Starting an Organic Garden

Probably the most important thing for starting an organic garden is a ready supply of compost. There are plenty of other organic soil ammendments, but compost in one form or another is generally necessary. Compost can be purchased or made by the gardener.

For a simple (but not necessarily easy) method to make compost, see the article on Making Compost by this author, also on Associated Content.

If you have access to a lot of horse, cow, or other manure, let it rot at least four months. It will make very rich compost, suitable for the garden. Many varieties of compost can be purchased, with many different properties. Most will be suitable for the organic garden. Worms, particularly the “professional” compost worms (like California red hybrids), can rapidly turn organic waste to top-quality, finished compost.

Locate the garden, if possible, on a southeast-facing, gentle slope that gets plenty of sun. The closer to the water spigot and the kitchen you place the garden, the less walking you’ll have to do. In planning the garden, allow enough space for as many adult plants as you think you need for a sufficient yield. Superabundance of harvest can be a problem if you can’t give away all your extra tomatoes (for example) and can’t bear to compost them. Read the recommendations on seed packets and catalogs for adult plant spacing.

Many organic gardeners use wide rows and raised beds for planting. Wide rows are an alternative to the familiar straight-line rows seen in mechanized farms. In a wide row, a long rectangle between a foot-and-a-half and four feet wide (no more than twice your comfortable reach) is cultivated and planted with about the same plant spacing as recommended for a straight row. In the intensive agriculture of a home garden, this maximizes the yield to space ratio. It also allows some crop plants to form a canopy, providing a “shade mulch” to reduce the growth of weeds. In a wide row, raised beds are possible. The soil bed is built up above the walking area to a height of four inches or more, allowing better drainage and airation.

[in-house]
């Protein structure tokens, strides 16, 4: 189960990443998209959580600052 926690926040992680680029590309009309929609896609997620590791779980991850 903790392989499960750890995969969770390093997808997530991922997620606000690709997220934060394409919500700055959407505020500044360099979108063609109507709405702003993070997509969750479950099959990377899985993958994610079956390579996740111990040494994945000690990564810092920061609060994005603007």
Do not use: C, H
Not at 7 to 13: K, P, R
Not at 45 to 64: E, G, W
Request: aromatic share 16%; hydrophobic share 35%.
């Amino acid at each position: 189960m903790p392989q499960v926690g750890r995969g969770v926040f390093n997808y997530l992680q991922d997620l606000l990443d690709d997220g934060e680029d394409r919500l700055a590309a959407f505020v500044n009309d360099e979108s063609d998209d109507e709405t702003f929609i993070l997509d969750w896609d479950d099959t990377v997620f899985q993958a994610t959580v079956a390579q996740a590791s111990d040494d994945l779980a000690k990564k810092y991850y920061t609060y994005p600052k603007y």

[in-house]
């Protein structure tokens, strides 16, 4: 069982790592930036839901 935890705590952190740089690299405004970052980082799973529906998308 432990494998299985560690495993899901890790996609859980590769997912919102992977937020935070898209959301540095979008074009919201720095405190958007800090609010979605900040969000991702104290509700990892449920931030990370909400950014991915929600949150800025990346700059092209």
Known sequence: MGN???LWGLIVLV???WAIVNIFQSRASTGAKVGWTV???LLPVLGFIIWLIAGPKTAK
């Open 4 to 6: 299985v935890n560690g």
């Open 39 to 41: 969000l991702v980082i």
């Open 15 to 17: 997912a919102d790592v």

Wide beds can be achieved by simply mounding up the soil, or by various containment structures including but not limited to stones, boards, cinder blocks and plastic border strip. Avoid pressure-treated lumber and never use creosote-treated lumber as these contain very toxic chemicals which are antithetical to the organic gardening principle. Containment isn’t necessary for raised beds; just slope the soil at the edge. An occasional stepping-stone in the middle of a wide row can make it easier to weed, and also makes a good place to pour water without washing away the soil.

To start a garden bed, a square spade (a shovel with a rectangular face and flat digging edge) is best, but a shovel or digging fork can be used. It’s possible to just strip off the top layer of sod and build the bed on top of the bare earth, especially if the soil is good. But you will probably prefer to turn over and break up at least one shovel’s depth of soil. It’s a good idea to turn some compost or other organic matter in at this time. Then build up your raised bed using a mixture of soil and compost. Just mixing compost with the turned soil may raise the bed enough. Don’t use straight manure at this stage, unless you do it in the autumn for spring planting. Straight, uncomposted manure is too strong for young plants and may kill them.

Some gardeners don’t turn the soil at all on the theory that the undisturbed soil structure is better. One method is to place about a dozen layers of newspaper over the entire garden bed, cover it with soil and compost, and wait until spring. Less work can sometimes yield better results.

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